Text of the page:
Bertrand Puech, who manages the Hermès family’s involvement in the label, described LVMH’s unwanted acquisition of 17.1 percent of the company’s stake in an interview on Tuesday: “It’s like a mosquito buzzing around, and it’s annoying. But it’s very difficult to get a mosquito out.” While the French government investigates LVMH’s sneaky buying tactics, the Hermès family met last week for the first time since LVMH’s surprise purchase last month and voted unanimously to retain control of the company, of which they still own 73 percent. At the same meeting, the family decided to funnel their shares into an unlisted holding company so that they don’t unknowingly sell their stocks to LVMH like they did the first time around. This won’t take place for a while, however, because the family’s busy holiday schedule takes precedence over strategizing, according to Peuch. “There are weddings and Christmas parties, but there are no meetings planned,” he said.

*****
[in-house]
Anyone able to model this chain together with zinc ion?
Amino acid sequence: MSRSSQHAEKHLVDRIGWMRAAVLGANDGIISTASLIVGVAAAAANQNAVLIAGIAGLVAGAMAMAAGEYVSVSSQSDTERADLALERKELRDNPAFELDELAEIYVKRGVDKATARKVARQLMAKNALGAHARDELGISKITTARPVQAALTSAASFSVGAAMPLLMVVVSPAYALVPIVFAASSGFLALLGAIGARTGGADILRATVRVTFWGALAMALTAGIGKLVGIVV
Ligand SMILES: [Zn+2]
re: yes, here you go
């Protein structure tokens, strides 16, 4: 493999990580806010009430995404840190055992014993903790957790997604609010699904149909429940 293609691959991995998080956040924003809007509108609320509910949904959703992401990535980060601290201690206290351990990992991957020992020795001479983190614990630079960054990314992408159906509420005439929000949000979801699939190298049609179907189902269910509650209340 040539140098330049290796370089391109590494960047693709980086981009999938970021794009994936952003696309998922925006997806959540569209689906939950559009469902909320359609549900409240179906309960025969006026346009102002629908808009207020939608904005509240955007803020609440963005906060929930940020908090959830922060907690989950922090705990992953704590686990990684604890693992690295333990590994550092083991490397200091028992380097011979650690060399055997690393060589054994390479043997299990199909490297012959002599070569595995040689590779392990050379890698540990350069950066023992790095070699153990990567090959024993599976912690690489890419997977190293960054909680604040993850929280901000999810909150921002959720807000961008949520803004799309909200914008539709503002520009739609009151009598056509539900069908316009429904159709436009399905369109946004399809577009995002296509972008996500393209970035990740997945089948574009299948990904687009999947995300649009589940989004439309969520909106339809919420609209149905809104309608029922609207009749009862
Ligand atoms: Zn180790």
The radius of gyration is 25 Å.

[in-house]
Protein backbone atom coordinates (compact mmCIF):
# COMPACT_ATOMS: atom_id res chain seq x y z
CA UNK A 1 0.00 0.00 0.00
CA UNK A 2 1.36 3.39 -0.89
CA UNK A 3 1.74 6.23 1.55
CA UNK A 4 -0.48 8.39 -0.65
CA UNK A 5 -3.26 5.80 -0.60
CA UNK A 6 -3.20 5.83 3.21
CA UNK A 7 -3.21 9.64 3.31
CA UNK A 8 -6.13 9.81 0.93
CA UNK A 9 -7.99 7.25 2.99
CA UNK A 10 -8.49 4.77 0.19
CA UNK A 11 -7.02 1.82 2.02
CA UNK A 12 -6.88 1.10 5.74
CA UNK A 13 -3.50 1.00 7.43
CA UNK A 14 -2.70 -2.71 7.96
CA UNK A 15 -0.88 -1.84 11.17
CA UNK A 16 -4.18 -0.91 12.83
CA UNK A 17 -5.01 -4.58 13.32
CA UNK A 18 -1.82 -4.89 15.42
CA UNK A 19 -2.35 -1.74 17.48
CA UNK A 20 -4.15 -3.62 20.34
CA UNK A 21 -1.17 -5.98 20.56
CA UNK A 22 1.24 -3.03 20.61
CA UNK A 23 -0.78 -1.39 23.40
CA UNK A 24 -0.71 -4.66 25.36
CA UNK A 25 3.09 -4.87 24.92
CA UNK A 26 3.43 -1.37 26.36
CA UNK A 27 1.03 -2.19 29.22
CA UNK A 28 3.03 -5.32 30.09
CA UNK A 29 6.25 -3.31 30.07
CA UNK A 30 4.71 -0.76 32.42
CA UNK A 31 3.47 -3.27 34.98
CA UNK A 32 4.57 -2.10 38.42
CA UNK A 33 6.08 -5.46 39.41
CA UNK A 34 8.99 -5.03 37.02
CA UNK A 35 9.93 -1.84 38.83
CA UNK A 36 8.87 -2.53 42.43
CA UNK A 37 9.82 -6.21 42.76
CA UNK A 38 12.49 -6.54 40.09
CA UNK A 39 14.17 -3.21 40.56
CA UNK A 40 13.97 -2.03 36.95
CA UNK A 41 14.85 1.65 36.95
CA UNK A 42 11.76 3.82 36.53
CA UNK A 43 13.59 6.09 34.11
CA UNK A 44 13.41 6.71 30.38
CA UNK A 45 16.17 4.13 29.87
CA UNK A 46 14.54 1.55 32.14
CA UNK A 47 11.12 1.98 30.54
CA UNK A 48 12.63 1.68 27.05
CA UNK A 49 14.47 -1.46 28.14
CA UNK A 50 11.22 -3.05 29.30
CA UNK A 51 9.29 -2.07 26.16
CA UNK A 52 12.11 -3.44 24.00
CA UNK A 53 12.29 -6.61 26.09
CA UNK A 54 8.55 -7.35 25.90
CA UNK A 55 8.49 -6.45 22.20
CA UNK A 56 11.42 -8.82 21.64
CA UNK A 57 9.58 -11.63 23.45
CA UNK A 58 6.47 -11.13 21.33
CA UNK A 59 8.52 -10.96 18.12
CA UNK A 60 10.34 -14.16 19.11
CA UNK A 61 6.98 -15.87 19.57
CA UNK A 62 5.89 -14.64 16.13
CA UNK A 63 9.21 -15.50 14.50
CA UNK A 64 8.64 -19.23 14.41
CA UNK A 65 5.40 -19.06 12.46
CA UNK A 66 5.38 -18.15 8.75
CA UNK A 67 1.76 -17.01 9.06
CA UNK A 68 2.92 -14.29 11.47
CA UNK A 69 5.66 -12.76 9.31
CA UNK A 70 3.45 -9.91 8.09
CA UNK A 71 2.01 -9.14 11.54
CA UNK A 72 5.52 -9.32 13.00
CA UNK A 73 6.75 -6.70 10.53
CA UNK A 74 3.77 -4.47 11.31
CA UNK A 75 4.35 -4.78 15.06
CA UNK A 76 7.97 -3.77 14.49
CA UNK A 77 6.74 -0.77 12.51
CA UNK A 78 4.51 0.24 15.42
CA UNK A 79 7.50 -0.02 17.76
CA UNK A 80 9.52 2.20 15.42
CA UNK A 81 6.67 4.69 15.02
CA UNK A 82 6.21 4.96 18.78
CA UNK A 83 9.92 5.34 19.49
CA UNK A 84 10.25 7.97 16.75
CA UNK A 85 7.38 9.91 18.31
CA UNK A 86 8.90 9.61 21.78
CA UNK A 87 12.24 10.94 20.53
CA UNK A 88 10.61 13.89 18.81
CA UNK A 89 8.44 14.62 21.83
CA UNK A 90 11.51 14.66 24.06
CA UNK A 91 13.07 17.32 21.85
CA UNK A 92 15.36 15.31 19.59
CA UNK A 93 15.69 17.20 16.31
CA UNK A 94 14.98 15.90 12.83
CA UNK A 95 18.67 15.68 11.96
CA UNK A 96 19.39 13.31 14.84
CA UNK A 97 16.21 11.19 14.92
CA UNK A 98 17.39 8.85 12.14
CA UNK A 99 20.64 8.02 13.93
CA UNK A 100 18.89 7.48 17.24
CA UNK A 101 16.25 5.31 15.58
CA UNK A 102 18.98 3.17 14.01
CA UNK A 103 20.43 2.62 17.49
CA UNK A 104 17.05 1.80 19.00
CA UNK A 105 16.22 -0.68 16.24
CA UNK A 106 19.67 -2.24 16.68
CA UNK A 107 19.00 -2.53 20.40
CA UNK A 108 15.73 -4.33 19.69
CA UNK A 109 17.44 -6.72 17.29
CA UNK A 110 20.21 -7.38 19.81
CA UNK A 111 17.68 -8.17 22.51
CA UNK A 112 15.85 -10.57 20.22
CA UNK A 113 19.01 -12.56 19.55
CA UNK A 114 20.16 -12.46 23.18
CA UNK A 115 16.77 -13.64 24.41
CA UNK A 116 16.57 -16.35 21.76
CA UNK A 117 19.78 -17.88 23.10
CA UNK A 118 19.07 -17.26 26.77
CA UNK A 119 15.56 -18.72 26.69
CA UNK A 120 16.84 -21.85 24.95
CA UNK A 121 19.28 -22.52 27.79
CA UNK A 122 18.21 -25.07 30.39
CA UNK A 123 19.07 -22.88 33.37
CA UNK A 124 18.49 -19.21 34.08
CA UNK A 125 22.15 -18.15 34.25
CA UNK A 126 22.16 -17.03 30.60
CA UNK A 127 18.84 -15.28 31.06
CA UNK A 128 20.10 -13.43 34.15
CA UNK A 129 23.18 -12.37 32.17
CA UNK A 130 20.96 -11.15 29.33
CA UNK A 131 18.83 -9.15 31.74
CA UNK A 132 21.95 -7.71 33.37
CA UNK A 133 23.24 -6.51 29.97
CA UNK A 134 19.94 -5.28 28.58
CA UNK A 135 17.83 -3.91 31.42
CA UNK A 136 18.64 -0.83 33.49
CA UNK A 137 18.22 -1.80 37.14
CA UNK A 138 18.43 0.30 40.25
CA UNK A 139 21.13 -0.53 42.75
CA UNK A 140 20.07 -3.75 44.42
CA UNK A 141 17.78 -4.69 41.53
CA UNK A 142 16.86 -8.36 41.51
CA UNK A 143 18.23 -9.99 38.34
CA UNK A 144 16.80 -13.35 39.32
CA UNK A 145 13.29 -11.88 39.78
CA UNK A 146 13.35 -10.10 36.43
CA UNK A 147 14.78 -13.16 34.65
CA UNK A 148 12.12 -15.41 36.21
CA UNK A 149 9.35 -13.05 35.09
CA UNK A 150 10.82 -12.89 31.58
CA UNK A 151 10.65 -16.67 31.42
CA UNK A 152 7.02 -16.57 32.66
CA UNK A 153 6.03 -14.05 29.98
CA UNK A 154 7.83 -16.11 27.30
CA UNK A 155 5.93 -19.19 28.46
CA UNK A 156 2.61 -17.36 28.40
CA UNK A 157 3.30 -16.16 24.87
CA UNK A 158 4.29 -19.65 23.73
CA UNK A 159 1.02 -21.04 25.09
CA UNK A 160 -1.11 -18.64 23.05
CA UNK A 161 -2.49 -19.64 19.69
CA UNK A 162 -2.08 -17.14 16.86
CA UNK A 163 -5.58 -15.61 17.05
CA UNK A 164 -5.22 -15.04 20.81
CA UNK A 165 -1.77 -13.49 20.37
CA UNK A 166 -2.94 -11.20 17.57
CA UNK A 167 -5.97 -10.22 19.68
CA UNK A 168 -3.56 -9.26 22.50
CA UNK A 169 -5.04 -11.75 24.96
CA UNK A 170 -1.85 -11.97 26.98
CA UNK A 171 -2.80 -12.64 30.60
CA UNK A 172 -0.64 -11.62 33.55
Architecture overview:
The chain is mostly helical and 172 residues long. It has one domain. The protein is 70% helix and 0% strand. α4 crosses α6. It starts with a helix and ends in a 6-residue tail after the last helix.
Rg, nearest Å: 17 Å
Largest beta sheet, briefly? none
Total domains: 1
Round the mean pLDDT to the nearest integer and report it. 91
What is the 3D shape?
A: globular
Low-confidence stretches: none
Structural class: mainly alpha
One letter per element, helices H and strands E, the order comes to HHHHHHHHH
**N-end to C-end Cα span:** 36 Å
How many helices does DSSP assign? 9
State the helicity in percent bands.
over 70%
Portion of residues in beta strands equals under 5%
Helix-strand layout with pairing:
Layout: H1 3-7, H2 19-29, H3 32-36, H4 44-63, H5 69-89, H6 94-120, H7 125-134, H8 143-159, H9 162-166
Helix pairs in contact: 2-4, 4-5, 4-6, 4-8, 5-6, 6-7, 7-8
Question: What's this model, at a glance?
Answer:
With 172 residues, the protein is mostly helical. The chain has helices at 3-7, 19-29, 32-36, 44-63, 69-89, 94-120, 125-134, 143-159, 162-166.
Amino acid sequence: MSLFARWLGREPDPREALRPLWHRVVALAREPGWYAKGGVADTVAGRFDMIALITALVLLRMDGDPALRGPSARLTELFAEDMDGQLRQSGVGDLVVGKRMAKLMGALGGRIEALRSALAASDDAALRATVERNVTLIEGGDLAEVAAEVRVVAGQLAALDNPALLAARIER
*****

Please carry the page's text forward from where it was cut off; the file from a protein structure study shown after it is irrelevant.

Hermès Family Weighs Defensive Move [WSJ]
Earlier: The French Government Might Change Its Laws in Response to LVMH’s Underhanded Acquisition of Hermès Stocks